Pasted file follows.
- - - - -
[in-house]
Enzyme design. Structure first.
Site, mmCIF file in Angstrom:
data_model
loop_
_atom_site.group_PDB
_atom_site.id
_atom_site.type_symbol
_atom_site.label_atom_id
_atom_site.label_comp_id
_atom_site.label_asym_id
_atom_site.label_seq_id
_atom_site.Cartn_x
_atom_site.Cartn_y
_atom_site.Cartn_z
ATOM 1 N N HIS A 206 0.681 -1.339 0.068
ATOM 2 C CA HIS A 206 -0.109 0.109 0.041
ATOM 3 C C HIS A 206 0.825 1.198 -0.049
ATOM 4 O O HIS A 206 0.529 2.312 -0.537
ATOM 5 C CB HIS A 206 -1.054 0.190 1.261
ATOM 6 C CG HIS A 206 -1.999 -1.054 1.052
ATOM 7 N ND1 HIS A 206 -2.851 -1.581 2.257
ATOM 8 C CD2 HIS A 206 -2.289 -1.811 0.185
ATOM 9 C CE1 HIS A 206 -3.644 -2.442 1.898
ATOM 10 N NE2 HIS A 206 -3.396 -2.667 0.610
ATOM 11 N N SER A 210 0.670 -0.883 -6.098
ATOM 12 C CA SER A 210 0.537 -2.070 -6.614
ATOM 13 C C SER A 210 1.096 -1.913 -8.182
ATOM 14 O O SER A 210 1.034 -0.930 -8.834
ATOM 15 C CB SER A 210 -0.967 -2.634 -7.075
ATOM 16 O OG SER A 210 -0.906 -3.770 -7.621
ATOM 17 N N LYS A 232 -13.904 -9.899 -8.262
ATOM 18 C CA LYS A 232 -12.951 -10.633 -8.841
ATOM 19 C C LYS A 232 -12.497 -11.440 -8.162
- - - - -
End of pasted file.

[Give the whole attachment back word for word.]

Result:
[in-house]
Enzyme design. Structure first.
Site, mmCIF file in Angstrom:
data_model
loop_
_atom_site.group_PDB
_atom_site.id
_atom_site.type_symbol
_atom_site.label_atom_id
_atom_site.label_comp_id
_atom_site.label_asym_id
_atom_site.label_seq_id
_atom_site.Cartn_x
_atom_site.Cartn_y
_atom_site.Cartn_z
ATOM 1 N N HIS A 206 0.681 -1.339 0.068
ATOM 2 C CA HIS A 206 -0.109 0.109 0.041
ATOM 3 C C HIS A 206 0.825 1.198 -0.049
ATOM 4 O O HIS A 206 0.529 2.312 -0.537
ATOM 5 C CB HIS A 206 -1.054 0.190 1.261
ATOM 6 C CG HIS A 206 -1.999 -1.054 1.052
ATOM 7 N ND1 HIS A 206 -2.851 -1.581 2.257
ATOM 8 C CD2 HIS A 206 -2.289 -1.811 0.185
ATOM 9 C CE1 HIS A 206 -3.644 -2.442 1.898
ATOM 10 N NE2 HIS A 206 -3.396 -2.667 0.610
ATOM 11 N N SER A 210 0.670 -0.883 -6.098
ATOM 12 C CA SER A 210 0.537 -2.070 -6.614
ATOM 13 C C SER A 210 1.096 -1.913 -8.182
ATOM 14 O O SER A 210 1.034 -0.930 -8.834
ATOM 15 C CB SER A 210 -0.967 -2.634 -7.075
ATOM 16 O OG SER A 210 -0.906 -3.770 -7.621
ATOM 17 N N LYS A 232 -13.904 -9.899 -8.262
ATOM 18 C CA LYS A 232 -12.951 -10.633 -8.841
ATOM 19 C C LYS A 232 -12.497 -11.440 -8.162